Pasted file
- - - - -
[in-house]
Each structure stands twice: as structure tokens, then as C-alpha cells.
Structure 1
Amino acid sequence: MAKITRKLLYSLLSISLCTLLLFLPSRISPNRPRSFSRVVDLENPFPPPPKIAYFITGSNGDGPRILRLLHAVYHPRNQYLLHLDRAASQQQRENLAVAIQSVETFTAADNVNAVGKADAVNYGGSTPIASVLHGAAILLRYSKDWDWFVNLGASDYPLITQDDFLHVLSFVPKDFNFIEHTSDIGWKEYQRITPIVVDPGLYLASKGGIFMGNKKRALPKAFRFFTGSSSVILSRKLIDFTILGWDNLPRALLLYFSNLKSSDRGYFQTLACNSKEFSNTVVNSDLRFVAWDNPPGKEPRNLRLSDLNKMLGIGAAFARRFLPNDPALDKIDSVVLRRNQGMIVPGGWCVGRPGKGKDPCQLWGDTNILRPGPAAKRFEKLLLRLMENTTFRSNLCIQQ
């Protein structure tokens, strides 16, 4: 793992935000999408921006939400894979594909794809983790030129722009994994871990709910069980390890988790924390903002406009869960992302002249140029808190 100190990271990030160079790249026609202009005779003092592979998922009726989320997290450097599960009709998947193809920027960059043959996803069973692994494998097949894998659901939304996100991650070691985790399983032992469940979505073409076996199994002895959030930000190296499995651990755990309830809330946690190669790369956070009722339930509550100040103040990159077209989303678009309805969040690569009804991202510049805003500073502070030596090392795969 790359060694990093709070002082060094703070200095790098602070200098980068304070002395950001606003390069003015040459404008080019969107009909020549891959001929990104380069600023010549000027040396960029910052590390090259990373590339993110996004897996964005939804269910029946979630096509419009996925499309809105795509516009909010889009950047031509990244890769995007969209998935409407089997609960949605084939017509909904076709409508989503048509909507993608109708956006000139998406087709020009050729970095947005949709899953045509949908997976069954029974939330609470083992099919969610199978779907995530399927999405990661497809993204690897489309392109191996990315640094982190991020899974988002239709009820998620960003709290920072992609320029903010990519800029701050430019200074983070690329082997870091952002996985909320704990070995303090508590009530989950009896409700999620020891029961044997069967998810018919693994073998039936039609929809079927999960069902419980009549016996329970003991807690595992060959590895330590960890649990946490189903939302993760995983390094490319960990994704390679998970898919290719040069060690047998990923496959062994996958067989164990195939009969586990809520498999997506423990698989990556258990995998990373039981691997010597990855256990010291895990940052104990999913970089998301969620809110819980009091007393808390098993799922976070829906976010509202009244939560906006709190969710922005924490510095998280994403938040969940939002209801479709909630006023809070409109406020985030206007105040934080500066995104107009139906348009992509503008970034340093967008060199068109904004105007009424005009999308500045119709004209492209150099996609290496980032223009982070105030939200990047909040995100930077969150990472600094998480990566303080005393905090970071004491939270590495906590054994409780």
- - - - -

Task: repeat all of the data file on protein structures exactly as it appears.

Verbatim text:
[in-house]
Each structure stands twice: as structure tokens, then as C-alpha cells.
Structure 1
Amino acid sequence: MAKITRKLLYSLLSISLCTLLLFLPSRISPNRPRSFSRVVDLENPFPPPPKIAYFITGSNGDGPRILRLLHAVYHPRNQYLLHLDRAASQQQRENLAVAIQSVETFTAADNVNAVGKADAVNYGGSTPIASVLHGAAILLRYSKDWDWFVNLGASDYPLITQDDFLHVLSFVPKDFNFIEHTSDIGWKEYQRITPIVVDPGLYLASKGGIFMGNKKRALPKAFRFFTGSSSVILSRKLIDFTILGWDNLPRALLLYFSNLKSSDRGYFQTLACNSKEFSNTVVNSDLRFVAWDNPPGKEPRNLRLSDLNKMLGIGAAFARRFLPNDPALDKIDSVVLRRNQGMIVPGGWCVGRPGKGKDPCQLWGDTNILRPGPAAKRFEKLLLRLMENTTFRSNLCIQQ
């Protein structure tokens, strides 16, 4: 793992935000999408921006939400894979594909794809983790030129722009994994871990709910069980390890988790924390903002406009869960992302002249140029808190 100190990271990030160079790249026609202009005779003092592979998922009726989320997290450097599960009709998947193809920027960059043959996803069973692994494998097949894998659901939304996100991650070691985790399983032992469940979505073409076996199994002895959030930000190296499995651990755990309830809330946690190669790369956070009722339930509550100040103040990159077209989303678009309805969040690569009804991202510049805003500073502070030596090392795969 790359060694990093709070002082060094703070200095790098602070200098980068304070002395950001606003390069003015040459404008080019969107009909020549891959001929990104380069600023010549000027040396960029910052590390090259990373590339993110996004897996964005939804269910029946979630096509419009996925499309809105795509516009909010889009950047031509990244890769995007969209998935409407089997609960949605084939017509909904076709409508989503048509909507993608109708956006000139998406087709020009050729970095947005949709899953045509949908997976069954029974939330609470083992099919969610199978779907995530399927999405990661497809993204690897489309392109191996990315640094982190991020899974988002239709009820998620960003709290920072992609320029903010990519800029701050430019200074983070690329082997870091952002996985909320704990070995303090508590009530989950009896409700999620020891029961044997069967998810018919693994073998039936039609929809079927999960069902419980009549016996329970003991807690595992060959590895330590960890649990946490189903939302993760995983390094490319960990994704390679998970898919290719040069060690047998990923496959062994996958067989164990195939009969586990809520498999997506423990698989990556258990995998990373039981691997010597990855256990010291895990940052104990999913970089998301969620809110819980009091007393808390098993799922976070829906976010509202009244939560906006709190969710922005924490510095998280994403938040969940939002209801479709909630006023809070409109406020985030206007105040934080500066995104107009139906348009992509503008970034340093967008060199068109904004105007009424005009999308500045119709004209492209150099996609290496980032223009982070105030939200990047909040995100930077969150990472600094998480990566303080005393905090970071004491939270590495906590054994409780």